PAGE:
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War And Peace 148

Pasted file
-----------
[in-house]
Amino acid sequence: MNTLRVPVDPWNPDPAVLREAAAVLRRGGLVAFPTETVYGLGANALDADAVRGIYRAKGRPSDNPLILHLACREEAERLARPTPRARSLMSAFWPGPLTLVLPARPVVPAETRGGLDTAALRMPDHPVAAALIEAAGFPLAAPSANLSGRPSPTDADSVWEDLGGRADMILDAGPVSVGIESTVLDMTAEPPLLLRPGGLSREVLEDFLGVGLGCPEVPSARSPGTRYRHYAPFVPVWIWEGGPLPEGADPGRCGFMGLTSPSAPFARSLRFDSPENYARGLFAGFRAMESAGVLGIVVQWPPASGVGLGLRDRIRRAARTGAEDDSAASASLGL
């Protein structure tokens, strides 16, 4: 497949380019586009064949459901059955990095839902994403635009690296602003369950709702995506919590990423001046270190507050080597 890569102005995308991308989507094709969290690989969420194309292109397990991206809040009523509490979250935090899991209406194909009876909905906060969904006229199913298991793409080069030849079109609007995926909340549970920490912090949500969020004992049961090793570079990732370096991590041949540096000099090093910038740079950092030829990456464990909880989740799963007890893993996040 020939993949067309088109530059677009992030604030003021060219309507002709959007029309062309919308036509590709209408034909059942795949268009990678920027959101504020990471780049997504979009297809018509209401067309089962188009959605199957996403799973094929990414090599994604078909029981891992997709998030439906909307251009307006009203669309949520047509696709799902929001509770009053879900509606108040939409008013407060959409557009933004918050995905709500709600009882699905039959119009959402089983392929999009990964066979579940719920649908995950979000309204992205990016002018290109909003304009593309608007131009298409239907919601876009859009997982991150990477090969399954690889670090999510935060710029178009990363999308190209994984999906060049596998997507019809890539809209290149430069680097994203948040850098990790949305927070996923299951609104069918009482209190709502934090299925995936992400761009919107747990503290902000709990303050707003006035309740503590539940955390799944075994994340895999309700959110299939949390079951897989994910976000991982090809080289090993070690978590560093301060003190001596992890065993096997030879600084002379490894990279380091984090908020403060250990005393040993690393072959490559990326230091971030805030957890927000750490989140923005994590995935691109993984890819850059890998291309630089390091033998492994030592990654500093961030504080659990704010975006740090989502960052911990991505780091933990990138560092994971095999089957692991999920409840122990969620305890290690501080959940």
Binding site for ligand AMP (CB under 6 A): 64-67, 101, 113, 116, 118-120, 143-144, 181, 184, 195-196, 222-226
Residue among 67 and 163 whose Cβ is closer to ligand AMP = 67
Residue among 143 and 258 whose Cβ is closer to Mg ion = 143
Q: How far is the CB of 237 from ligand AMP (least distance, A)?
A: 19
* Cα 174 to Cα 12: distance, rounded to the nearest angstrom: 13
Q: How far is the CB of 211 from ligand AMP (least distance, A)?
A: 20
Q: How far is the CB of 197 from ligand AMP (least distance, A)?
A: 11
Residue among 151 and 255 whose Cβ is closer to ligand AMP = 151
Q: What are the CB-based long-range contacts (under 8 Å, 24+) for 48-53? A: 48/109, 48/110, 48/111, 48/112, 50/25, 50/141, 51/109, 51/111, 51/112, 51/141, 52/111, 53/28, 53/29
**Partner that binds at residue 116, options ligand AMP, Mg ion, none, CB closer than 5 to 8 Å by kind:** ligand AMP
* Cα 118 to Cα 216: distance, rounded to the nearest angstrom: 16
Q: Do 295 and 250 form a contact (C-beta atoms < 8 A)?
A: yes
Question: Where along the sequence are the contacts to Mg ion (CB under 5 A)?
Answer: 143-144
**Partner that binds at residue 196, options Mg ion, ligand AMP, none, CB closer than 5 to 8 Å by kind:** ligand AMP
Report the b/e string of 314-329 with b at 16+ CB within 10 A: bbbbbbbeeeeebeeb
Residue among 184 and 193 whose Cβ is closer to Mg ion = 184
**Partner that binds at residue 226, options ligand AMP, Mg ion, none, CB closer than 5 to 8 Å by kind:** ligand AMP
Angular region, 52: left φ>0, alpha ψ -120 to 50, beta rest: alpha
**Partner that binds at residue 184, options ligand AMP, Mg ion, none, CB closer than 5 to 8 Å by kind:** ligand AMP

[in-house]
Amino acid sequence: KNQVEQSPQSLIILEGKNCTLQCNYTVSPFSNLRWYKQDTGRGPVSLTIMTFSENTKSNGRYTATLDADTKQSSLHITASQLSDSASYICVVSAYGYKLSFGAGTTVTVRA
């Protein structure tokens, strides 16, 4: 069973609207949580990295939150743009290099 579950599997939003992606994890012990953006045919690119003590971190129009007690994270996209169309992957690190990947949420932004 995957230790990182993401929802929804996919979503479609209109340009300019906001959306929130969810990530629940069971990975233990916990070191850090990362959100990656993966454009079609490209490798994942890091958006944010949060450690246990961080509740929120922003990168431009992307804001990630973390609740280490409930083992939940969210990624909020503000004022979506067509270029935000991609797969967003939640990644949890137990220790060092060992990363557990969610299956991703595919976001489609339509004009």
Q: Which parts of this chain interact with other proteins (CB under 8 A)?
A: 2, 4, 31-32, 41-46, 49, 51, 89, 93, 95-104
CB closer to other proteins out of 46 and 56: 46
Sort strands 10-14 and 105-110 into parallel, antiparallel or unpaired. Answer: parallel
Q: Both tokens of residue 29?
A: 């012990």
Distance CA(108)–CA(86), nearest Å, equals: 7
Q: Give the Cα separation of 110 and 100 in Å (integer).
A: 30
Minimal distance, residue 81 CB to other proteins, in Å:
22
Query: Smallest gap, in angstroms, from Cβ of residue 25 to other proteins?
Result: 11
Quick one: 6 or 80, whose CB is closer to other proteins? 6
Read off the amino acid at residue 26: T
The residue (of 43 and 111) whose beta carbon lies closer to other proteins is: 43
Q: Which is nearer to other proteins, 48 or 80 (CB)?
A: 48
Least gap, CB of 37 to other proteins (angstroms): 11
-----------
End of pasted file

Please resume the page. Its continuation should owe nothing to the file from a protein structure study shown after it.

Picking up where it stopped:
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felt it not only from the sound of the hoofs of the approaching cavalcade, but because as he drew near everything grew brighter, more joyful, more significant, and more festive around him. Nearer and nearer to Rostov came that sun shedding beams of mild and majestic light around, and already he felt himself enveloped in those beams, he heard his voice, that kindly, calm, and majestic voice that was yet so simple! And as if in accord with Rostovs feeling, there was a deathly stillness amid which was heard the Emperors voice. "The Pavlograd hussars?" he inquired. "The reserves, sire!" replied a voice, a very human one compared to that which had said: "The Pavlograd hussars?" The Emperor drew level with Rostov and halted. Alexanders face was even more beautiful than it had been three days before at the review. It shone with such gaiety and youth, such innocent youth, that it suggested the liveliness of a fourteen-year-old boy, and yet it was the face of the majestic Emperor. Casually, while surveying the squadron, the Emperors eyes met Rostovs and rested on them for not more than two seconds. Whether or no the Emperor understood what was going on in Rostovs soul (it seemed to Rostov that he understood everything), at any rate his light-blue eyes gazed for about two seconds into Rostovs face. A gentle, mild light poured from them. Then all at once he raised his eyebrows, abruptly touched his horse with his left foot, and galloped on. The younger Emperor could not restrain his wish to be present at the battle and, in spite of the remonstrances of his courtiers, at twelve oclock left the third column with which he had been and galloped toward the vanguard. Before he came up with the hussars, several adjutants met him with news of the successful result of the action. This battle, which consisted in the capture of a French squadron, was represented as a brilliant victory over the French, and so the Emperor and the whole army, especially while the smoke hung over the battlefield, believed that the French had been defeated and were retreating against their will. A few minutes after the Emperor had passed, the Pavlograd division was ordered to advance. In Wischau itself, a petty German town, Rostov saw the Emperor again. In the market place, where there had been some rather heavy firing before the Emperors arrival, lay several killed and wounded soldiers whom there had not been time to move. The Emperor, surrounded by his suite of officers and courtiers, was riding a bobtailed chestnut mare, a different one from that which he had ridden at the review, and bending to one side he gracefully held a gold lorgnette to his eyes and looked at a soldier who lay prone, with blood on his uncovered head. The wounded soldier was so dirty, coarse, and revolting that his proximity to the Emperor shocked Rostov. Rostov saw how the Emperors rather round shoulders shuddered as if a cold shiver had run down them, how his left foot began convulsively tapping the horses side with the spur, and how the well-trained horse looked round unconcerned and did not stir. An adjutant, dismounting, lifted the soldier under the arms to place him on a stretcher that had been brought. The soldier groaned. "Gently, gently! Cant you do it more gently?" said the Emperor apparently suffering more than the dying soldier, and he rode away. Rostov saw tears filling the Emperors eyes and heard him, as he was riding away, say to Czartoryski: "What a terrible thing war is: what a terrible thing! Quelle terrible chose que la guerre!" The troops of the vanguard were stationed before Wischau, within sight of the enemys lines, which all day long had yielded ground to us at the least firing. The Emperors gratitude was announced to the vanguard, rewards were promised, and the men received a double ration of vodka. The campfires crackled and the soldiers songs resounded even more merrily than on the previous night. Denisov celebrated his promotion to the rank of major, and Rostov, who had already drunk enough, at the end of the feast proposed the Emperors health. "Not our Sovereign, the Emperor, as they say at official dinners," said he, "but the health of our Sovereign, that good, enchanting, and great man! Let us drink to his health and to the certain defeat of the French!" "If we fought before," he said, "not letting the French pass, as at Schon Grabern, what shall we not do now when he is at the front? We will all die for

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